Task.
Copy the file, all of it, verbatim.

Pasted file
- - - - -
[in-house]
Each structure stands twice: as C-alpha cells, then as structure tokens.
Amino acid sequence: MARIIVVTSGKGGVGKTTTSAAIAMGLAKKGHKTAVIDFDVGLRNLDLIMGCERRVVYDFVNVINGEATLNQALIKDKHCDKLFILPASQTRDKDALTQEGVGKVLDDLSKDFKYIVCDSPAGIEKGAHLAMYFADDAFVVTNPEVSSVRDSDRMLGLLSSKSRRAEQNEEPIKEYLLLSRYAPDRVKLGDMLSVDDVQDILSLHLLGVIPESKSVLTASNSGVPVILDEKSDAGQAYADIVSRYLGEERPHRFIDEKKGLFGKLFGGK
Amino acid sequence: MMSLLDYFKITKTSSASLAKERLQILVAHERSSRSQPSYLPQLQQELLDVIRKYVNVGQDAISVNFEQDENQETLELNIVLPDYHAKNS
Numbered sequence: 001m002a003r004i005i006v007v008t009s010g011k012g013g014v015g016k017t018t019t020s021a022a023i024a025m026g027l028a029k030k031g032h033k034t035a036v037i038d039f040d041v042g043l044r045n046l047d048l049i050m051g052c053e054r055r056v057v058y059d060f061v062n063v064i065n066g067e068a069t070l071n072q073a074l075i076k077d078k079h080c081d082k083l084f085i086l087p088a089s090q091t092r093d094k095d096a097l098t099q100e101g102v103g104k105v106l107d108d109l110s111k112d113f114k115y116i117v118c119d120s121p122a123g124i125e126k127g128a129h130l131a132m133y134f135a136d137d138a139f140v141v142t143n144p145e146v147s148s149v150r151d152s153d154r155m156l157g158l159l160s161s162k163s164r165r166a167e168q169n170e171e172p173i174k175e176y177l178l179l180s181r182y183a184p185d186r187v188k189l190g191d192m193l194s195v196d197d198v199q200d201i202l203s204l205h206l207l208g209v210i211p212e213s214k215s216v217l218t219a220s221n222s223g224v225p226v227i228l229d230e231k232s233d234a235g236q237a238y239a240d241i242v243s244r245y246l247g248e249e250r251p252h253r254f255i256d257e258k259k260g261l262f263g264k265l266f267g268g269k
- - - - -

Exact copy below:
[in-house]
Each structure stands twice: as C-alpha cells, then as structure tokens.
Amino acid sequence: MARIIVVTSGKGGVGKTTTSAAIAMGLAKKGHKTAVIDFDVGLRNLDLIMGCERRVVYDFVNVINGEATLNQALIKDKHCDKLFILPASQTRDKDALTQEGVGKVLDDLSKDFKYIVCDSPAGIEKGAHLAMYFADDAFVVTNPEVSSVRDSDRMLGLLSSKSRRAEQNEEPIKEYLLLSRYAPDRVKLGDMLSVDDVQDILSLHLLGVIPESKSVLTASNSGVPVILDEKSDAGQAYADIVSRYLGEERPHRFIDEKKGLFGKLFGGK
Amino acid sequence: MMSLLDYFKITKTSSASLAKERLQILVAHERSSRSQPSYLPQLQQELLDVIRKYVNVGQDAISVNFEQDENQETLELNIVLPDYHAKNS
Numbered sequence: 001m002a003r004i005i006v007v008t009s010g011k012g013g014v015g016k017t018t019t020s021a022a023i024a025m026g027l028a029k030k031g032h033k034t035a036v037i038d039f040d041v042g043l044r045n046l047d048l049i050m051g052c053e054r055r056v057v058y059d060f061v062n063v064i065n066g067e068a069t070l071n072q073a074l075i076k077d078k079h080c081d082k083l084f085i086l087p088a089s090q091t092r093d094k095d096a097l098t099q100e101g102v103g104k105v106l107d108d109l110s111k112d113f114k115y116i117v118c119d120s121p122a123g124i125e126k127g128a129h130l131a132m133y134f135a136d137d138a139f140v141v142t143n144p145e146v147s148s149v150r151d152s153d154r155m156l157g158l159l160s161s162k163s164r165r166a167e168q169n170e171e172p173i174k175e176y177l178l179l180s181r182y183a184p185d186r187v188k189l190g191d192m193l194s195v196d197d198v199q200d201i202l203s204l205h206l207l208g209v210i211p212e213s214k215s216v217l218t219a220s221n222s223g224v225p226v227i228l229d230e231k232s233d234a235g236q237a238y239a240d241i242v243s244r245y246l247g248e249e250r251p252h253r254f255i256d257e258k259k260g261l262f263g264k265l266f267g268g269k